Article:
(Emphasis mine.)

Joe Huffman – Quote of the day – Margaret Thatcher
November 4th, 2012


[Go read the whole thing.  That which I emphasized above is the money shot and is worth remembering.  Because that is exactly what many would like to bring upon all of us. -B]

Barron is the owner, editor, and principal author at The Minuteman, a competitive shooter, and staff member for Boomershoot. Even in his free time he’s merging his love and knowledge of computers and technology with his love of firearms.

He has a BS in electrical engineering from Washington State University. Immediately after college he went into work on embedded software and hardware for use in critical infrastructure. This included cryptographic communications equipment as well as command and control devices that were using that communications equipment. Since then he’s worked on just about everything ranging from toys, phones, other critical infrastructure, and even desktop applications. Doing everything from hardware system design, to software architecture, to actually writing software that makes your athletic band do its thing.

SSCC #447–Snohomish County

A longtime Snohomish County judge who presides over DUI cases will not face charges after being arrested on suspicion of drunken driving Aug. 29, the Everett Herald reported.

The claim is they didn’t have sufficient evidence to prosecute.  Evidently this centered around the fact that another judge was going to testify he wasn’t impaired and the prosecutor then wrote to the arresting officer:

"Although Judge (Ryan) lied to the trooper about the type and quantity of alcohol he consumed, the amount of alcohol that he did consume (i.e., 2 glasses of wine) is still insufficient to prove impairment under the circumstances of this case," Norgaard wrote.

Do you think any of us lowly peons would be given such courteousness if we found ourselves in the same position?  Yeah I don’t think so either.

State Sponsored Criminal #447: Judge Timothy Ryan

Because it’s only a problem when it’s a peon not a judge.  Judges can do whatever the hell they want and we’ll just look the other way.

via Ry.

Barron is the owner, editor, and principal author at The Minuteman, a competitive shooter, and staff member for Boomershoot. Even in his free time he’s merging his love and knowledge of computers and technology with his love of firearms.

He has a BS in electrical engineering from Washington State University. Immediately after college he went into work on embedded software and hardware for use in critical infrastructure. This included cryptographic communications equipment as well as command and control devices that were using that communications equipment. Since then he’s worked on just about everything ranging from toys, phones, other critical infrastructure, and even desktop applications. Doing everything from hardware system design, to software architecture, to actually writing software that makes your athletic band do its thing.

A Fitting Poem…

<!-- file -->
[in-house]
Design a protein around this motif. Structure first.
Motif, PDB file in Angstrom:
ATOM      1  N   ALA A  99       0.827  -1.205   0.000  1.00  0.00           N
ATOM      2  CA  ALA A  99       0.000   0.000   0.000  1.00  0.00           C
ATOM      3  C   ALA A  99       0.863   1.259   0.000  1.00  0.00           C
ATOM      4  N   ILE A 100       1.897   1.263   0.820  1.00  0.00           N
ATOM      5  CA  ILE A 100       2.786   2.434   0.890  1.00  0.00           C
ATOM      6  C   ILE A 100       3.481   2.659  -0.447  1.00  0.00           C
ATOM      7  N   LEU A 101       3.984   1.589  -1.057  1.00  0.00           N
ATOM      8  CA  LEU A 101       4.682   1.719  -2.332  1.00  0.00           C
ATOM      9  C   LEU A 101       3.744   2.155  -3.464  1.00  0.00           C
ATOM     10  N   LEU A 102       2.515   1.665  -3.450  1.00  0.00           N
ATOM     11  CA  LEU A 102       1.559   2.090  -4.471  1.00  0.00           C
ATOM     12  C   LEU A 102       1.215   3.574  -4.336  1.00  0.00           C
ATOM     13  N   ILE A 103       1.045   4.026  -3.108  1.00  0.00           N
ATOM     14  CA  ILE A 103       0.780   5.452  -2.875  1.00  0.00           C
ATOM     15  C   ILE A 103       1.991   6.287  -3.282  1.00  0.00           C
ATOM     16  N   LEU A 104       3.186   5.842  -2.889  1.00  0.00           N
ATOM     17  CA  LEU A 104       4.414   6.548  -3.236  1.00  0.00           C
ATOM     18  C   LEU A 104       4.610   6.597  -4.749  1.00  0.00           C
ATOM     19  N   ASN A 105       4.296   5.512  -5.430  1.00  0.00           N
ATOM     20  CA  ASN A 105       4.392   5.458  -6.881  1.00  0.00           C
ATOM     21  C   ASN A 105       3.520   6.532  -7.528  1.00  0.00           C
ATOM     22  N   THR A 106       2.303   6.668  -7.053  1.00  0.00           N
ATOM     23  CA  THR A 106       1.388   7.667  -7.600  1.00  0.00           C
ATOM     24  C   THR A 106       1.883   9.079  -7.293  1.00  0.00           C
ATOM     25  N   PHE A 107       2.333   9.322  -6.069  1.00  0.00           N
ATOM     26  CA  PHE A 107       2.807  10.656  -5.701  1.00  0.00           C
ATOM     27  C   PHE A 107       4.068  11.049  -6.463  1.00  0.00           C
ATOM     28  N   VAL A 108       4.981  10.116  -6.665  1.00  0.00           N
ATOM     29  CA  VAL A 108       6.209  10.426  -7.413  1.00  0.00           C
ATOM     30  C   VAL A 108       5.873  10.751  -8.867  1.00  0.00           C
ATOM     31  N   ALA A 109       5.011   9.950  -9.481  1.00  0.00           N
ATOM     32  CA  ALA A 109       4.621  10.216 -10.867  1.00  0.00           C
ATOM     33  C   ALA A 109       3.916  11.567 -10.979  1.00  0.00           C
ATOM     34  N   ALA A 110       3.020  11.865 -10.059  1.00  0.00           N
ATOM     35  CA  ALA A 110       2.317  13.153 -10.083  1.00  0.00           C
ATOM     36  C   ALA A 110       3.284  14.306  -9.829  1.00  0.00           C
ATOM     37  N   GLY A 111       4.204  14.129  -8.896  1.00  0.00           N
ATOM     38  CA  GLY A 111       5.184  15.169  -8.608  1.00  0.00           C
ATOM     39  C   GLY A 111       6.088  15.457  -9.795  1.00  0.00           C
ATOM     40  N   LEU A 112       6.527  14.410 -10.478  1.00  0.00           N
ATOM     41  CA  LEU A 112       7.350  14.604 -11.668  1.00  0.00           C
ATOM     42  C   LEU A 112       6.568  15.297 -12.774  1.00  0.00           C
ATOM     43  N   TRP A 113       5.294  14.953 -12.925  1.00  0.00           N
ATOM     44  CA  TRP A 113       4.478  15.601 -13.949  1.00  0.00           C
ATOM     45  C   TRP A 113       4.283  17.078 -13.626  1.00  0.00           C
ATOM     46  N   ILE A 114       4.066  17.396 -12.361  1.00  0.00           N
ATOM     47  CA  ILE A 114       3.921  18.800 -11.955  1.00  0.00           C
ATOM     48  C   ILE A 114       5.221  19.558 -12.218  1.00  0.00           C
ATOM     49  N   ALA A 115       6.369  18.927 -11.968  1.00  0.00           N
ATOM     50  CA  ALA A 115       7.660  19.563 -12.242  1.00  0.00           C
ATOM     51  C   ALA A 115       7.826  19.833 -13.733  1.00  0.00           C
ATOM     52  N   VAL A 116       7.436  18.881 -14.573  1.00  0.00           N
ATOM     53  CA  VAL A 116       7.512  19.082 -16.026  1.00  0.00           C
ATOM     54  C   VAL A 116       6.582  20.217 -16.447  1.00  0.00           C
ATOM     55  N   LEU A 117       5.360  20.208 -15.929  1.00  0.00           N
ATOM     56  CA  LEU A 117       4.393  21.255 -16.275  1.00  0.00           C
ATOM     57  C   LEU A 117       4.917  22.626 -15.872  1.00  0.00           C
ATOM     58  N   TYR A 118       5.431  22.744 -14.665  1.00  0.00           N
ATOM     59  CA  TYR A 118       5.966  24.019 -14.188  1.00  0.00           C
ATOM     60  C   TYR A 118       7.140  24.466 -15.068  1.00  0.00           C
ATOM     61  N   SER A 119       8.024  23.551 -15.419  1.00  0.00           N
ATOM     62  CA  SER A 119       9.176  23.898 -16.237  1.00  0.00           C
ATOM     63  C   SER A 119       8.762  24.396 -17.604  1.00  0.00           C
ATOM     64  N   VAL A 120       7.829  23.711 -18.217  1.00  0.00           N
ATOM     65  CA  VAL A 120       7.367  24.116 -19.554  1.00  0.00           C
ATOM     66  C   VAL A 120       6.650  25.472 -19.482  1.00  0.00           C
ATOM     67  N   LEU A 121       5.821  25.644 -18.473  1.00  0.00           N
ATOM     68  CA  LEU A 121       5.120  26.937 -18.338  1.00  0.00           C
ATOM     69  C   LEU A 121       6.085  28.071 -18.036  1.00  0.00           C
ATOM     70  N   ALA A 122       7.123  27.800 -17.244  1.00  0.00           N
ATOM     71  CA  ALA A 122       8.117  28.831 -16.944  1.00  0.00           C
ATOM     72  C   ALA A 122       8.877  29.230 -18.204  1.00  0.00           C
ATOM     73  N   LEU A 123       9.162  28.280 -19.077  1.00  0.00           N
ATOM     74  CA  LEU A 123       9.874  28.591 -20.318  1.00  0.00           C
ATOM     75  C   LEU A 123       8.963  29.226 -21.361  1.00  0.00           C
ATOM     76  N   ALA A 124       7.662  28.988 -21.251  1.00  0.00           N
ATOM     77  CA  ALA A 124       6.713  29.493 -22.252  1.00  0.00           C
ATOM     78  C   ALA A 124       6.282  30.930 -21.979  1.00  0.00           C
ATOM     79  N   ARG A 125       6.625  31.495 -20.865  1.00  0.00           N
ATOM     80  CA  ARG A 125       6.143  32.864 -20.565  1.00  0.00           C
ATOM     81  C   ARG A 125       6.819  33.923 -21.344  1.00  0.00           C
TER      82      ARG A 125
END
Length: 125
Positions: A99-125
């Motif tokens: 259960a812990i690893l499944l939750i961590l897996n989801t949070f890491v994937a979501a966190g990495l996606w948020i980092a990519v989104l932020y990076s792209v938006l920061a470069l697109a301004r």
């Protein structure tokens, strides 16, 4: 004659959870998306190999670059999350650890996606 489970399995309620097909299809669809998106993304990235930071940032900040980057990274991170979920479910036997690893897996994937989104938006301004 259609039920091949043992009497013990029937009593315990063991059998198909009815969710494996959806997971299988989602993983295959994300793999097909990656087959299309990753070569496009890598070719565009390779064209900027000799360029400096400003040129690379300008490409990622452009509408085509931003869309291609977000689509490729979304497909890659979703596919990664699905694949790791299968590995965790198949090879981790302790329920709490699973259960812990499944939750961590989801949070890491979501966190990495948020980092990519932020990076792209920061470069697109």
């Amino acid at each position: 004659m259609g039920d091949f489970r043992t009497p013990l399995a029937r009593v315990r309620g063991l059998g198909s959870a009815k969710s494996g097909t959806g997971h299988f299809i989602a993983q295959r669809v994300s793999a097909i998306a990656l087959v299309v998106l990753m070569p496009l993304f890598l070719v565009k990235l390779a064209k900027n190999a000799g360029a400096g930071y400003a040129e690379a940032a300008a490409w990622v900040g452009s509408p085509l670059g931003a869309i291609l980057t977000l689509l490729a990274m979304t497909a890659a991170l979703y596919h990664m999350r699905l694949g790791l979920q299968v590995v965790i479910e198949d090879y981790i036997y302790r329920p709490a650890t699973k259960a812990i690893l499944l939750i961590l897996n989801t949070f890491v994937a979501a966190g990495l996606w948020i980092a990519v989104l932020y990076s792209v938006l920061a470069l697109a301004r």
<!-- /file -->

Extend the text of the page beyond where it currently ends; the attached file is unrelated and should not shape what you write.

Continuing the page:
Read this and remember Benghazi.

THEY shall not return to us, the resolute, the young,
The eager and whole-hearted whom we gave:
But the men who left them thriftily to die in their own dung,
Shall they come with years and honour to the grave?
They shall not return to us; the strong men coldly slain
In sight of help denied from day to day:
But the men who edged their agonies and chid them in their pain,
Are they too strong and wise to put away?
Our dead shall not return to us while Day and Night divide–
Never while the bars of sunset hold.
But the idle-minded overlings who quibbled while they died,
Shall they thrust for high employments as of old?
Shall we only threaten and be angry for an hour:
When the storm is ended shall we find
How softly but how swiftly they have sidled back to power
By the favour and contrivance of their kind?
Even while they soothe us, while they promise large amends,
Even while they make a show of fear,
Do they call upon their debtors, and take counsel with their friends,
To conform and re-establish each career?
Their lives cannot repay us–their death could not undo–
The shame that they have laid upon our race.
But the slothfulness that wasted and the arrogance that slew,
Shell we leave it unabated in its place?

-Rudyard Kipling, Mesopotamia 1917

I seriously want to cry.  It is however a solid reminder, that history can and does repeat itself and it seems so much like nothing ever changes.

Barron is the owner, editor, and principal author at The Minuteman, a competitive shooter, and staff member for Boomershoot. Even in his free time he’s merging his love and knowledge of computers and technology with his love of firearms.

He has a BS in electrical engineering from Washington State University. Immediately after college he went into work on embedded software and hardware for use in critical infrastructure. This included cryptographic communications equipment as well as command and control devices that were using that communications equipment. Since then he’s worked on just about everything ranging from toys, phones, other critical infrastructure, and even desktop applications. Doing everything from hardware system design, to software architecture, to actually writing software that makes your athletic band do its thing.